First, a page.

Freedom through bargaining

Ten years ago I did a documentary on democracy and the politics of human rights for CBC's Ideas. One of the people I interviewed still sticks in my mind for his astute comment and warning about "rights politics." Allan Blakeney, formerly the NDP premier of Saskatchewan, pointed out that charters of rights assume "that the only people who interfere with rights are governments, and therefore the charter will restrict governments and nobody else; and that government action always curtails freedom and...never expands freedom. That overstates it a bit but not much."

Blakeney clearly disagreed with this notion and went on to give examples of what he meant by government actions that expand freedom: minimum wage laws, hours of work and other labour standards that protected those workers who had very little bargaining power. He might have added the laws protecting the right to collective bargaining, which are perhaps the most powerful expansion of freedom of any laws, especially if you look at the millions of people they potentially affect.

As governments became more hostile to labour in the 1990s, labour fought back, in part, through the courts. In 1998, a key Supreme Court of Canada decision confirmed, according to Adams, that "employers have a constitutional obligation to recognize and deal with their employees' representatives." But, as it turns out, that and a toonie will get you a cup of coffee. Despite the ruling, and repeated admonishments from the International Labour Organization, of which Canada is a member, Canadian governments, provincial and federal, continue to blatantly violate the laws that say collective bargaining is a human right.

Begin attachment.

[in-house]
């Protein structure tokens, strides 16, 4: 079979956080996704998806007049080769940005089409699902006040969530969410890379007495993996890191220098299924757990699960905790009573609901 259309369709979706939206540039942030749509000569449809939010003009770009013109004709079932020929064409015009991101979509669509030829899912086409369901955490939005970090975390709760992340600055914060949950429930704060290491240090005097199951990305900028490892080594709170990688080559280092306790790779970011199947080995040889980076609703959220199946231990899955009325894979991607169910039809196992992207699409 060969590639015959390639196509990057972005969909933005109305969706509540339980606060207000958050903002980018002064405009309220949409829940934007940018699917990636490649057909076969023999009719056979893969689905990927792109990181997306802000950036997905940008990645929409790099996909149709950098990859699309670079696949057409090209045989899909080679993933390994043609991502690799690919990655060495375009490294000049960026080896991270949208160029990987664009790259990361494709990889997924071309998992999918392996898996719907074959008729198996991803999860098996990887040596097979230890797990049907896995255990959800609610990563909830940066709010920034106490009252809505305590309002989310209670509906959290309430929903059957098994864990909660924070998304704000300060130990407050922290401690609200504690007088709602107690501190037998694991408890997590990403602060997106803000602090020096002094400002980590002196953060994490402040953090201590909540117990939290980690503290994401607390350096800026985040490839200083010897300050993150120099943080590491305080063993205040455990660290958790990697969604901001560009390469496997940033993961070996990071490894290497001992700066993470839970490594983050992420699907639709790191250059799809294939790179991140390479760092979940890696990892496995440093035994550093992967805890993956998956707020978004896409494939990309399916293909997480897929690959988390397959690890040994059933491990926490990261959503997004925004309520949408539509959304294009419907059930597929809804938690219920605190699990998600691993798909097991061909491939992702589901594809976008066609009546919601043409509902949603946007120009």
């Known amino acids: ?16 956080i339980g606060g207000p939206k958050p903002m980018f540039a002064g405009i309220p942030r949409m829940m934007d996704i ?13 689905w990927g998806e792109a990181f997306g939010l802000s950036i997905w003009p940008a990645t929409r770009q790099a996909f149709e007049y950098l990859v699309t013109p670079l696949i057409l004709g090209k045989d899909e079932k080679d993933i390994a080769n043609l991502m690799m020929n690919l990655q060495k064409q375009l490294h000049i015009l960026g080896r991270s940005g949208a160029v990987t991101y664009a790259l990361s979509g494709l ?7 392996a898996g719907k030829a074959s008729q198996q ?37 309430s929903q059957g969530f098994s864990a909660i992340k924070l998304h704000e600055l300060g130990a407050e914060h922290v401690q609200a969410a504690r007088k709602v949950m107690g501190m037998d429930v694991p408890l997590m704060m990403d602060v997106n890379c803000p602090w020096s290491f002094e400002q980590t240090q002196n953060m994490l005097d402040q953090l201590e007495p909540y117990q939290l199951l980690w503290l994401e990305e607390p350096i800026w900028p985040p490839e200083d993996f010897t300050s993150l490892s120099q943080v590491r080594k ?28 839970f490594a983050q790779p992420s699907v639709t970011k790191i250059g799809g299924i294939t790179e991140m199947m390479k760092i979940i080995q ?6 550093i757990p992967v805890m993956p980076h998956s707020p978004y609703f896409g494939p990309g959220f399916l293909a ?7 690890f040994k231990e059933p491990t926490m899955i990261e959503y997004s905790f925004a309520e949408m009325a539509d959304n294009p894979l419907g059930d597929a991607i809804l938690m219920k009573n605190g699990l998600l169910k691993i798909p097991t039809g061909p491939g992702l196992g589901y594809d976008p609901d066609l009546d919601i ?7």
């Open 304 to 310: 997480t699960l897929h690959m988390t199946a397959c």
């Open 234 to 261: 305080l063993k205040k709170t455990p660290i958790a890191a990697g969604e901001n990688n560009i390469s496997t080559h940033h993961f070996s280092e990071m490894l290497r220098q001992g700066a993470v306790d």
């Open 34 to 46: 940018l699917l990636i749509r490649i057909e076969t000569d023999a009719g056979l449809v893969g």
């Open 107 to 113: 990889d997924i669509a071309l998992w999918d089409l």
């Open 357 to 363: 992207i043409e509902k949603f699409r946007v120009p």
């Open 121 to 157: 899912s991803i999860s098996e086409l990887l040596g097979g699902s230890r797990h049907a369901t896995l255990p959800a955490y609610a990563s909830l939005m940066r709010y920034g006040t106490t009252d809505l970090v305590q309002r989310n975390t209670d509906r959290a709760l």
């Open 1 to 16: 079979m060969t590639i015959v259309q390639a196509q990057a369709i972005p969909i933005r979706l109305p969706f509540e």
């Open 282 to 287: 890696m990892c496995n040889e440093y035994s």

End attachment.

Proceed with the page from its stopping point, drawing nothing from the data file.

Assault via 'labour flexibility'

Collective bargaining has also historically been referred to as industrial democracy -- the parallel to political democracy. And in Europe that industrial democracy is taken for granted, according to Adams. "The notion of 'social partnership,' promoted by the International Labour Organization (ILO) is the European norm." The norm in Canada (and virtually all other English-speaking developed countries) is exactly the opposite: an open hostility to any collective voice for labour by corporations and complicity by governments. It is the private sector that has suffered most from this hostility. Unionization rates have gone from 30 per cent in the early 1960s to 17.5 per cent today.